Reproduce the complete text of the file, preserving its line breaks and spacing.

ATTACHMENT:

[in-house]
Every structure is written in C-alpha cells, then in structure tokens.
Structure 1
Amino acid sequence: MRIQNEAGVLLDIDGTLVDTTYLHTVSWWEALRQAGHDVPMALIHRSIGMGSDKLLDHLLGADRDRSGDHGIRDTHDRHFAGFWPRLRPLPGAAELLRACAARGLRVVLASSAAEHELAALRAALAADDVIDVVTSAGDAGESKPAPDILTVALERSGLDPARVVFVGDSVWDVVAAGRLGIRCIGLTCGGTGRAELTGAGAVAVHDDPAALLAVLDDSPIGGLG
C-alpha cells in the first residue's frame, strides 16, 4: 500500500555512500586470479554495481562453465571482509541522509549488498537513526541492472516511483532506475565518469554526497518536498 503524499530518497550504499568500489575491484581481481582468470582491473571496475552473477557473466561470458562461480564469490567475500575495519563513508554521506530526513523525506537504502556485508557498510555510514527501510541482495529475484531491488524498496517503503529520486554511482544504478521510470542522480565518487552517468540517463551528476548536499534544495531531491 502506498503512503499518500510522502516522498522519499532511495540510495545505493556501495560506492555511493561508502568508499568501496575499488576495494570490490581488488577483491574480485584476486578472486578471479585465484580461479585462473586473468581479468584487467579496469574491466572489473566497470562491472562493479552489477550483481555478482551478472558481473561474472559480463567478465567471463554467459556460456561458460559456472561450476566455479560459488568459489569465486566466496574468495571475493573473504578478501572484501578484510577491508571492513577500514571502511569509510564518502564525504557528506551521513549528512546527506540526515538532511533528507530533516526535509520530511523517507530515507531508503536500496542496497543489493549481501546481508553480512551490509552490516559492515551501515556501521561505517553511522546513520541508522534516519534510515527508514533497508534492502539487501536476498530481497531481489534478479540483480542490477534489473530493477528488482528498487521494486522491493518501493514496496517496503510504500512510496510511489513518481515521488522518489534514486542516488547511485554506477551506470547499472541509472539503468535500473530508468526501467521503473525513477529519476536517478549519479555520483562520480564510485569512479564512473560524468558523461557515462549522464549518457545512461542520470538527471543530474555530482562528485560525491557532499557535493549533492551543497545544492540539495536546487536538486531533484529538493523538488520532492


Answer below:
[in-house]
Every structure is written in C-alpha cells, then in structure tokens.
Structure 1
Amino acid sequence: MRIQNEAGVLLDIDGTLVDTTYLHTVSWWEALRQAGHDVPMALIHRSIGMGSDKLLDHLLGADRDRSGDHGIRDTHDRHFAGFWPRLRPLPGAAELLRACAARGLRVVLASSAAEHELAALRAALAADDVIDVVTSAGDAGESKPAPDILTVALERSGLDPARVVFVGDSVWDVVAAGRLGIRCIGLTCGGTGRAELTGAGAVAVHDDPAALLAVLDDSPIGGLG
C-alpha cells in the first residue's frame, strides 16, 4: 500500500555512500586470479554495481562453465571482509541522509549488498537513526541492472516511483532506475565518469554526497518536498 503524499530518497550504499568500489575491484581481481582468470582491473571496475552473477557473466561470458562461480564469490567475500575495519563513508554521506530526513523525506537504502556485508557498510555510514527501510541482495529475484531491488524498496517503503529520486554511482544504478521510470542522480565518487552517468540517463551528476548536499534544495531531491 502506498503512503499518500510522502516522498522519499532511495540510495545505493556501495560506492555511493561508502568508499568501496575499488576495494570490490581488488577483491574480485584476486578472486578471479585465484580461479585462473586473468581479468584487467579496469574491466572489473566497470562491472562493479552489477550483481555478482551478472558481473561474472559480463567478465567471463554467459556460456561458460559456472561450476566455479560459488568459489569465486566466496574468495571475493573473504578478501572484501578484510577491508571492513577500514571502511569509510564518502564525504557528506551521513549528512546527506540526515538532511533528507530533516526535509520530511523517507530515507531508503536500496542496497543489493549481501546481508553480512551490509552490516559492515551501515556501521561505517553511522546513520541508522534516519534510515527508514533497508534492502539487501536476498530481497531481489534478479540483480542490477534489473530493477528488482528498487521494486522491493518501493514496496517496503510504500512510496510511489513518481515521488522518489534514486542516488547511485554506477551506470547499472541509472539503468535500473530508468526501467521503473525513477529519476536517478549519479555520483562520480564510485569512479564512473560524468558523461557515462549522464549518457545512461542520470538527471543530474555530482562528485560525491557532499557535493549533492551543497545544492540539495536546487536538486531533484529538493523538488520532492